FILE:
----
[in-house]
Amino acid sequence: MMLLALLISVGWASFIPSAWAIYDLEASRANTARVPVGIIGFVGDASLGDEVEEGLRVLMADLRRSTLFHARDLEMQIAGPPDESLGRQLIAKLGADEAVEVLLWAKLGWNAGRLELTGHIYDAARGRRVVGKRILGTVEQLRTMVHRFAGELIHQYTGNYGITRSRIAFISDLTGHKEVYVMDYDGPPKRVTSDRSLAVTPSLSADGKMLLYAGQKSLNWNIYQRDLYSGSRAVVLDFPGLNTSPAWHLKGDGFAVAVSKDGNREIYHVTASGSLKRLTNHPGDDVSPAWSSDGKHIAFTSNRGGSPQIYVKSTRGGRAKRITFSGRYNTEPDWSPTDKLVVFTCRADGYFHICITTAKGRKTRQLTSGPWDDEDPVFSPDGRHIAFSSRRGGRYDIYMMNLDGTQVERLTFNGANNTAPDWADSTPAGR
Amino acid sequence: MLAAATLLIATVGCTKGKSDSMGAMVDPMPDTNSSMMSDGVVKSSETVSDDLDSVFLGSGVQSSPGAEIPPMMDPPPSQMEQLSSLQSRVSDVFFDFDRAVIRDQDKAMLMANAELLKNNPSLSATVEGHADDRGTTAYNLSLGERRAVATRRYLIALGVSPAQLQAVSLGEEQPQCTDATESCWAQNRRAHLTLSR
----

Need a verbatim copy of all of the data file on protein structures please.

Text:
[in-house]
Amino acid sequence: MMLLALLISVGWASFIPSAWAIYDLEASRANTARVPVGIIGFVGDASLGDEVEEGLRVLMADLRRSTLFHARDLEMQIAGPPDESLGRQLIAKLGADEAVEVLLWAKLGWNAGRLELTGHIYDAARGRRVVGKRILGTVEQLRTMVHRFAGELIHQYTGNYGITRSRIAFISDLTGHKEVYVMDYDGPPKRVTSDRSLAVTPSLSADGKMLLYAGQKSLNWNIYQRDLYSGSRAVVLDFPGLNTSPAWHLKGDGFAVAVSKDGNREIYHVTASGSLKRLTNHPGDDVSPAWSSDGKHIAFTSNRGGSPQIYVKSTRGGRAKRITFSGRYNTEPDWSPTDKLVVFTCRADGYFHICITTAKGRKTRQLTSGPWDDEDPVFSPDGRHIAFSSRRGGRYDIYMMNLDGTQVERLTFNGANNTAPDWADSTPAGR
Amino acid sequence: MLAAATLLIATVGCTKGKSDSMGAMVDPMPDTNSSMMSDGVVKSSETVSDDLDSVFLGSGVQSSPGAEIPPMMDPPPSQMEQLSSLQSRVSDVFFDFDRAVIRDQDKAMLMANAELLKNNPSLSATVEGHADDRGTTAYNLSLGERRAVATRRYLIALGVSPAQLQAVSLGEEQPQCTDATESCWAQNRRAHLTLSR